Despite literally years of delays, unclear messages and analysts advise Intel to abandon the caseCEO Pat Gelsinger stood before the assembled masses at the latest Intel Innovation event and excitedly announced that the discrete Arc cards are finally ready for a proper global launch, with the A770 card coming out on October 12th. in an even more shocking turn of events, it actually looks… okay?
Maybe I shouldn’t be so surprised. Intel, despite ances will not leave the Arc and has big plans to push into the GPU market, going head-to-head with Nvidia and its CPU rival, AMD. I’ve been critical of Intel’s lackluster GPU efforts in the past, but only because it made me feel like a frustrated parent; I’m desperate wanted Arc to be good.
The Intel Arc A770 will be the most powerful card in the initial wave of Arc GPUs, some of which have already been seen in laptops in Asia. We’ll also be getting a new Intel NUC PC equipped with the A770M Mobile GPU. No news yet on the lower-spec A750, or any even cheap A300 or A500 cards, but we do have a very reasonable price tag for the Arc A770: just $329.
Considering the A770 is expected to (roughly) outsell Nvidia at $399 RTX 3060 Ti, it’s a very good value that will surely appeal to gamers on a budget. It also has twice the video memory of this card with 16GB of GDDR6. Intel tempered expectations by saying that performance is only for DirectX 12 games, and older titles may initially struggle a bit while Intel gets around to optimizing the Arc driver.
Moore’s Law: Dead or Alive?
It looks like Gelsinger couldn’t resist digging into Nvidia during his keynote. When Nvidia CEO Jensen Huang recently declared that “Moore’s Law is dead” (no, not the YouTube channel), he was actually saying that GPU development is approaching a stagnation point and that we can expect GPU prices to remain high for the foreseeable future.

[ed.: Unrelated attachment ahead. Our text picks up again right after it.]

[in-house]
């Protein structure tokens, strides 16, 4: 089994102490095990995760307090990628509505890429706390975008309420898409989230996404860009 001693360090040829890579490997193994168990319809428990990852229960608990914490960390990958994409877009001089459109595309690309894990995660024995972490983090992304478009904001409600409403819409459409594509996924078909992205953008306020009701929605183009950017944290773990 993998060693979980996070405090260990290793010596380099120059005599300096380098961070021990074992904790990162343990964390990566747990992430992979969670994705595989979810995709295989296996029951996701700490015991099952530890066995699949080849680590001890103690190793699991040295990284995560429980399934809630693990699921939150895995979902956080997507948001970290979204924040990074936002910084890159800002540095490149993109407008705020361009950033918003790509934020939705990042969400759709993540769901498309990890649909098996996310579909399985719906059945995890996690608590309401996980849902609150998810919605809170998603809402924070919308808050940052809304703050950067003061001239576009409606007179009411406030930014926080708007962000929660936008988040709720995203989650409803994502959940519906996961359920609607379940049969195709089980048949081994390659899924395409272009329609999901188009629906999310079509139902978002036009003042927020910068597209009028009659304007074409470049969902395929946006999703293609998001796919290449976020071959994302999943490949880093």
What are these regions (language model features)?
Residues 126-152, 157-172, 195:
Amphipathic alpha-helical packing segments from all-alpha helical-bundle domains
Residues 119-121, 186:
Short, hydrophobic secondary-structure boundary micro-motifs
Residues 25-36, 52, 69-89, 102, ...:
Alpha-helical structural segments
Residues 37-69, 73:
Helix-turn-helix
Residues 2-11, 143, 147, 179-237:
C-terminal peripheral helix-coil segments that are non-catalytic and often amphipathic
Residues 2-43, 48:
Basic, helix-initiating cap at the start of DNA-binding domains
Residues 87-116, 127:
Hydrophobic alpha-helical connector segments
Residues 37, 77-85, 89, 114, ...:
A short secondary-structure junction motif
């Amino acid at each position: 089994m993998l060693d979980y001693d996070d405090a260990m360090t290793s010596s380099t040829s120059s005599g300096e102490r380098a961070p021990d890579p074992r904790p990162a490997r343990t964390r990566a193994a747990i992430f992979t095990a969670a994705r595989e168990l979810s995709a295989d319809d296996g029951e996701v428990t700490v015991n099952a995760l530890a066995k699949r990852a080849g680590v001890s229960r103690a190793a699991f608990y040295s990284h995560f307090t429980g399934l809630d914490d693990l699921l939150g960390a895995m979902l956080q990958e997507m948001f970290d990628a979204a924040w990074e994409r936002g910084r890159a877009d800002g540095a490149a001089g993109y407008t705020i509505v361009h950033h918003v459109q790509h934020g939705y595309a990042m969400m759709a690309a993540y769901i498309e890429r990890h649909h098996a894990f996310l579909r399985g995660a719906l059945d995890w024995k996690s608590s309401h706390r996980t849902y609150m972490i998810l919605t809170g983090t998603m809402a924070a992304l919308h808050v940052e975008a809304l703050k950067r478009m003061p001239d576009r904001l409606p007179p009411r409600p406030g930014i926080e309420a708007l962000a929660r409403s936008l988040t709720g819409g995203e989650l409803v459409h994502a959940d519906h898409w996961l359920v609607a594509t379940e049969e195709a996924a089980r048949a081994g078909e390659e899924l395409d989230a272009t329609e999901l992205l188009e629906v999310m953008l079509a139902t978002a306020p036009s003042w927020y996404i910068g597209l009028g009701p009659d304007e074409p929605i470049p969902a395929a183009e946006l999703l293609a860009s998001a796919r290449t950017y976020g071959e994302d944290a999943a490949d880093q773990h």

Pat disagrees. “We will continue to uphold Moore’s Law,” he declared, doubling down on the fact that gamers “should be frustrated” by “complaints about high prices.” This was an obvious reference to Nvidia, whose new superpower RTX 4090 will have a quite a ridiculous price tag.
Since the Arc cards will come with ray-tracing capabilities, AV1 encoding, and Nvidia’s own take on DLSS integration technology (called XeSS), the $329 MSRP seems to make the A770 a de facto better option over the RTX 3060 Ti — assuming that Intel can deliver on its current promises.
It’s still not easy to find an RTX 3060 Ti at MSRP, with many models currently selling for upwards of $449, even though prices continue to fall. AMD also doesn’t currently have a viable counter to Intel’s new wallet-friendly GPU, with the $379 Radeon RX 6600 XT simply not up for direct comparisons. Here, Intel has a serious chance to slide into the budget gaming space and gain a foothold in the discrete GPU market.
Of course, this is a first generation release for Intel; we already know that both Nvidia and AMD are gearing up to release their next-generation GPUs, and Intel has cheekily put the A770 release date in line with the RTX 4090. When we see the available RTX 4060 Intel may not enjoy its budget dominance for long in the near future. Still, it’s fantastic to see the Arc finally reach its release and I hope the A770 impresses when we get it.